We took a day trip from Lone Pine to the famous ghost town, Bodie, which is now a state park. Bodie is interesting and fun for everyone, but is especially beloved by photographers. I was intrigued by the angles and shapes of the buildings contrasting with the almost cloudless skies that day- and had to force myself to take photos of some of the wonderful vintage items on display (those are usually my favorites). This is one shot of the shapes and angles of Bodie, but I edited it three ways for fun.
On our last day in Lone Pine, Lonnie and I spent a couple hours at Manzanar, the Japanese internment camp which is now a National Historic Site through the National Park Service. It was a sobering experience, but learning about this part of our history is important for all Americans.
The mountains behind the Alabama Hills made a beautiful backdrop as Lonnie and I drove through the dirt side roads of this fascinating area which was the setting for so many old western movies. This is a zoomed in view of Mr. Whitney behind the hills.
Whitney Portal Road goes from Lone Pine through the Alabama Hills and then starts its ascent up the mountain to 8,389 feet, where it ends at Whitney Portal. There are spectacular views of the hills below and of the mountain itself.
We have just returned from a fantastic trip to Lone Pine, California with my photo group. The goal was to see the Alabama Hills where many old movies, especially westerns, were filmed. It is a beautiful area with Mt. Whitney as a backdrop, and few in our group had ever been there. I wasn’t sure how I would do on this trip, because I knew that to see much of the area I would have to do a lot of walking. But my knee held up great, and with the help of my trekking poles, I was able to actually do a short hike up and down on uneven ground in order to take advantage of one of the iconic photo ops- the view of Mt. Whitney as seen through Mobius Arch.
BTW, to take this photo, you have to lie on your back on top of a boulder.
A pretty view at the Alaska Native Heritage Center
Eagle River, Alaska reflections
Below is an image from the old Independence Mine in Alaska. The old-timey look of these old-timey buildings was enchanced using the selective focus of a Lensbaby lens and some tones and textures in Photoshop.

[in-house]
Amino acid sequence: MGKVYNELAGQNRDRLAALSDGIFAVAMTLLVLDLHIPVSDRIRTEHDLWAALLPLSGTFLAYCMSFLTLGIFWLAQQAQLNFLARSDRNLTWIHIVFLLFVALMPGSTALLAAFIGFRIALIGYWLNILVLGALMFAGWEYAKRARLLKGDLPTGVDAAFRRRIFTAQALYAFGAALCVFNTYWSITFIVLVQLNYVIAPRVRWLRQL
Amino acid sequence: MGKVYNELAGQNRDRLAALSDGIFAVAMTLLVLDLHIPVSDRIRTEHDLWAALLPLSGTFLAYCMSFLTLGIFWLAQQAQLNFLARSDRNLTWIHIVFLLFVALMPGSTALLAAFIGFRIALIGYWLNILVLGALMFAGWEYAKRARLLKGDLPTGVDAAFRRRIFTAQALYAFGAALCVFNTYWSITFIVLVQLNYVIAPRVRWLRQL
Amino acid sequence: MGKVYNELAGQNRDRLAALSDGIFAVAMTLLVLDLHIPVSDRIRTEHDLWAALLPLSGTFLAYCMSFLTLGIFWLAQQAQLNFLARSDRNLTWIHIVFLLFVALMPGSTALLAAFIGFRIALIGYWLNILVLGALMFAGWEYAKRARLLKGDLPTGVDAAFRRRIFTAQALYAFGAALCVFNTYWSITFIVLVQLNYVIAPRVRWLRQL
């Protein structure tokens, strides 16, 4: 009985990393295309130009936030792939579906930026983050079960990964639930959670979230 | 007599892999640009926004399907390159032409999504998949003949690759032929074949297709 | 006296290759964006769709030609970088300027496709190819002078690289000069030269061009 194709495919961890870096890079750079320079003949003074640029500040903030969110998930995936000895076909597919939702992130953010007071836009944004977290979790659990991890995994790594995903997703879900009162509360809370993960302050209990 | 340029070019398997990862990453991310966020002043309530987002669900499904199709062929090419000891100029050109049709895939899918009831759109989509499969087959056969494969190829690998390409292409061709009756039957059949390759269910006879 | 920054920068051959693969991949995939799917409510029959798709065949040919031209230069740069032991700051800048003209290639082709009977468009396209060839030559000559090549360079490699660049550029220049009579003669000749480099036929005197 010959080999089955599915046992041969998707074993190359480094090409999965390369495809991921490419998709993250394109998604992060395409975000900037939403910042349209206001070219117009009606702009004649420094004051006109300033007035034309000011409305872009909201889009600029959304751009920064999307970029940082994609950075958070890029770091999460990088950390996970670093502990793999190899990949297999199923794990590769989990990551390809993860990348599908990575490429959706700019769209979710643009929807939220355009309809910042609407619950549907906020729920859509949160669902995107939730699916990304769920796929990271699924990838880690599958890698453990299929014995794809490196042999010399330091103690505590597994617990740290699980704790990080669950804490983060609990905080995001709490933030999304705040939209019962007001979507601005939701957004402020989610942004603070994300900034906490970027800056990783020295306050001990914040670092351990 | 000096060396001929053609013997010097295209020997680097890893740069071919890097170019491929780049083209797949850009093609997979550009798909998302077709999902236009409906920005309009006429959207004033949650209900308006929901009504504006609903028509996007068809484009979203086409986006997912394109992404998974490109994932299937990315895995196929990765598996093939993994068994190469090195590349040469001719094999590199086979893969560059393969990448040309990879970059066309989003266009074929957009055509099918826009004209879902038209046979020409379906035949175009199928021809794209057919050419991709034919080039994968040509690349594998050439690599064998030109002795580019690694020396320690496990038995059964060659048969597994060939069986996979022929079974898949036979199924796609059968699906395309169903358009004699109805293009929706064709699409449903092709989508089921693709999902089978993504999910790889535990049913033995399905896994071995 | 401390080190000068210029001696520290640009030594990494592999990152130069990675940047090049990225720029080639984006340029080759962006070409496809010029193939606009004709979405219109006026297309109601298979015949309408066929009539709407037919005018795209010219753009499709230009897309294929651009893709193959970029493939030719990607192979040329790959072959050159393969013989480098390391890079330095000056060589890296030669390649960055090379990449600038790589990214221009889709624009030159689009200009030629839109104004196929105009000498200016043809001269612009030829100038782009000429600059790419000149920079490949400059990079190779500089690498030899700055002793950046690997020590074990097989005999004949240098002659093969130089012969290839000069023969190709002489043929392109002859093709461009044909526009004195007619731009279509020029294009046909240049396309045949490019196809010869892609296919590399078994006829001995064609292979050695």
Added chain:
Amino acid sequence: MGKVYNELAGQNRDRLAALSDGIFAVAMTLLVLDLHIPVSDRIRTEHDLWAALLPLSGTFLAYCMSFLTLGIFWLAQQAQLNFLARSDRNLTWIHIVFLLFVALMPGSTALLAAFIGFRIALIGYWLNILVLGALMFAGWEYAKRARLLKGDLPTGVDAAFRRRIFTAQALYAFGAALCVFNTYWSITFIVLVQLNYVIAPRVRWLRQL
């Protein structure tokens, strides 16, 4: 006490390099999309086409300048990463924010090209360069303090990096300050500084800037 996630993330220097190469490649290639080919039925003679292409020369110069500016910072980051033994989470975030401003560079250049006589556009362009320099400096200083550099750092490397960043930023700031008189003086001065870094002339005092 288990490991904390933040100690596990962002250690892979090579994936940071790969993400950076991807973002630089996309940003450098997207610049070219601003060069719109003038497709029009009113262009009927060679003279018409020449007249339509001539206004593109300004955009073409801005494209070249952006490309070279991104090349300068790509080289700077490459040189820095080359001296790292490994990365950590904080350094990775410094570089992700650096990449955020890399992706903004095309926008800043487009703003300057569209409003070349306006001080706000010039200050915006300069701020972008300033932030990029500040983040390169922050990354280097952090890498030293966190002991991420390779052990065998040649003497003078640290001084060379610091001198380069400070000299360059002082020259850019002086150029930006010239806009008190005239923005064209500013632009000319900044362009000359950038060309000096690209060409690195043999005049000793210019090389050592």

Friday Photo Art from our trip to Alaska
Usually I take shots out the car window of wind turbines as we drive to and from California- they fascinate me. This time, we actually drove over near the turbines so I could take photos to my heart’s content. This one is a bit of a fantasy- a multiple exposure edited with textures and NO RULES for sure! 🙂
Back to the 26 Glacier Cruise in Alaska- here is one of the twenty-six! I think this was just the first glimpse.
Actually, for me, the best part of the above image is the reflection- hence this crop:
I spotted the shadows on these steps at the Tehachapi train station and loved the lines and patterns they made. I decided to emphasize the graphic design qualities of this shot by doing a little . . . ummm . . .creative editing.
Last week’s road trip back home managed to yield a few photos despite our disappointment about not getting to Monterey.. We spent the night in Tehachapi and went over to the train station so I could have the opportunity to find something (ANYTHING!) to photograph. We had been there a couple times before and knew there were some old railroad items on display. Below is a view of the wheels on an old box car.
Edited with some grunge textures and filters.
We have just returned from a road trip to the San Francisco Bay Area, and this is the first photo I’ve posted since our return (last week’s and Monday’s photos were scheduled in advance before we left). Our trip was supposed to be a two day business trip for my husband followed by a long weekend in Monterey (which was supposed to include lots of photo opportunities. . .). Unfortunately, I had to take my husband to the ER the second night we were in the Bay Area- and he ended up being hospitalized for 5 days! He is much improved now, and “normal” life has resumed.
On the last day he was in the hospital, I brought my camera with me and photographed parts of an art installation across from the main entrance. Since I first saw it, I had been captivated by this piece of art, which forms a semi-wall in front of the parking area. I decided to practice my multiple exposure skills in photographing it, because I didn’t want to just capture someone else’s art- I wanted to create my own.
When I got home and downloaded my images, I was struck by how the jagged lines resembled the parts of the display I was constantly seeing on the monitor at his bedside- as if they were stacked upon each other. Is this why I was so attracted to it? Or does it represent the chaos of dealing with a medical situation while on vacation? I don’t know- but this is the result.
Being a photographer who likes simple compositions, I have to say I prefer the crop below. It doesn’t look like it represents any of the angst of last week- it now looks more like mountains to me.